Visa Application Procedures

Immigrant and nonimmigrant employment visa applications are typically filed by your U.S. employer.

An immigrant employment visa application is known as a “Form I-140, Immigrant Petition for Alien Worker”. The USCIS website has the form and instructions for completing and filing a Form I-140.

The visa application for nonimmigrant workers is called “Form I-129, Petition for a Nonimmigrant Worker”. The  USCIS webiste has the form and instructions for completing and filing a Form I-129.

The USCIS website provides more information on how Form I-140 and Form I-129 are processed.

 

Immigrant Visas

An immigrant employment visa is known as a “permanent worker visa”. There are five categories of permanent worker visas.

First Preference: EB-1 Priority Workers

General Description:

Aliens with extraordinary ability in the sciences, arts, education, business or athletics; outstanding professors and researchers and certain multinational executives and managers.

Labor Certification Required?

No

Second Preference:  EB-2 Workers with Advanced Degrees or Exceptional Ability

General Description:

Aliens who are members of the professions holding advanced degrees or their equivalent

AND

Aliens who, because of their exceptional ability in the sciences, arts, or business, will substantially benefit the national economy, cultural, or educational interests or welfare of the United States.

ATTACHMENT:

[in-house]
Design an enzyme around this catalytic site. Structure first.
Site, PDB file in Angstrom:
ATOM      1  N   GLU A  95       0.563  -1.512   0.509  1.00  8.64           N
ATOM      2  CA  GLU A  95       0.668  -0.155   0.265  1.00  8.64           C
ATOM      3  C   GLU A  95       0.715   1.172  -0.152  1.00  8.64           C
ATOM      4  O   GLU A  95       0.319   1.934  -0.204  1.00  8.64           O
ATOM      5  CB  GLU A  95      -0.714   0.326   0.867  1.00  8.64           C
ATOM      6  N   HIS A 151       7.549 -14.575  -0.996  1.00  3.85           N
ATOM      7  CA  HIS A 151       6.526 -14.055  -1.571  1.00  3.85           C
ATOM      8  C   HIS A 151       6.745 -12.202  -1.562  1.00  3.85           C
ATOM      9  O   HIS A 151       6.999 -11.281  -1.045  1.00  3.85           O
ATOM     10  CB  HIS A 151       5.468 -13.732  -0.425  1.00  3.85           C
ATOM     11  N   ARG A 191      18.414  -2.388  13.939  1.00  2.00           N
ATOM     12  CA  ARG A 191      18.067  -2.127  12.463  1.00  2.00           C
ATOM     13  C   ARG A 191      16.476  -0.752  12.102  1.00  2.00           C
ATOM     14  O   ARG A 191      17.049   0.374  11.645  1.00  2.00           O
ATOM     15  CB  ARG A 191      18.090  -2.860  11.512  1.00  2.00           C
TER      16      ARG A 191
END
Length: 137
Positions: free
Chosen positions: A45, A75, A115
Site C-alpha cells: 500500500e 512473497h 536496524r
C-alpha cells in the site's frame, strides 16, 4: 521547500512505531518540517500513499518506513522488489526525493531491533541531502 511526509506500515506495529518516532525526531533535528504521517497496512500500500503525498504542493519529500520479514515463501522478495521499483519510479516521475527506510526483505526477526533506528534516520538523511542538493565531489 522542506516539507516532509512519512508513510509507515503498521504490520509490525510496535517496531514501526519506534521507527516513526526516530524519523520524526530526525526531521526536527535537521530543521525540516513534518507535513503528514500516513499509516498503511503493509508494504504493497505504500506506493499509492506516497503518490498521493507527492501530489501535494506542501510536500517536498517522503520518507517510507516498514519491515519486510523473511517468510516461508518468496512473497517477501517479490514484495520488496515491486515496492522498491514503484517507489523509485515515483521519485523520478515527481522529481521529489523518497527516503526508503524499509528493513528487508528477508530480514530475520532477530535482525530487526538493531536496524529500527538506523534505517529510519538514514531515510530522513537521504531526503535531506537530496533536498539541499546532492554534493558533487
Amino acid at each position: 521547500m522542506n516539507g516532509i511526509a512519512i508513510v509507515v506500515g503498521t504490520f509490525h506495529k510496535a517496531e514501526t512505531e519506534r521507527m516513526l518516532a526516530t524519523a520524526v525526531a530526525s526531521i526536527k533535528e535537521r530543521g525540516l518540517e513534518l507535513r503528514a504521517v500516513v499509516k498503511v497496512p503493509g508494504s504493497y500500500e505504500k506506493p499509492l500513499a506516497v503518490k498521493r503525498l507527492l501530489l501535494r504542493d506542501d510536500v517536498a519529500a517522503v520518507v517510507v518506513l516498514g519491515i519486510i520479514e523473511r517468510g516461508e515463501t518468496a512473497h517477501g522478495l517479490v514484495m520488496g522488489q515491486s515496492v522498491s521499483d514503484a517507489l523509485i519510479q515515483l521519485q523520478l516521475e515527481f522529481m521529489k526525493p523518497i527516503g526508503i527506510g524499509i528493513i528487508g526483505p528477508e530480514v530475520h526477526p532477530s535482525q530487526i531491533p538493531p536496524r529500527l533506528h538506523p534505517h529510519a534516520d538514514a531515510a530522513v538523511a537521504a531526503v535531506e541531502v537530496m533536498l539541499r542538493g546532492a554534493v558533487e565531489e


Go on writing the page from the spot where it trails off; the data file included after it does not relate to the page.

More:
Labor Certification Required?

Yes, unless applicant obtains a waiver

Third Preference:  EB-3 Professionals, Skilled Workers, and Other Workers

General Description:

Aliens with at least two years of experience as:

  • skilled workers,
  • professionals with a baccalaureate degree,

and others with less than two years of experience, such as unskilled workers, who can perform labor for which qualified workers are not available in the U.S.

Labor Certification Required?

Yes

Fourth Preference: EB-4 Special Immigrants such as those in a Religious Occupation or Vocation

General Description:

Aliens who fall under the definition of “special immigrants,” which includes certain religious workers and physicians.

To qualify as a special immigrant religious worker, the alien must

  • have been a member of a religious denomination that has a non-profit religious organization in the U.S. for at least two years before applying for admission to the U.S.;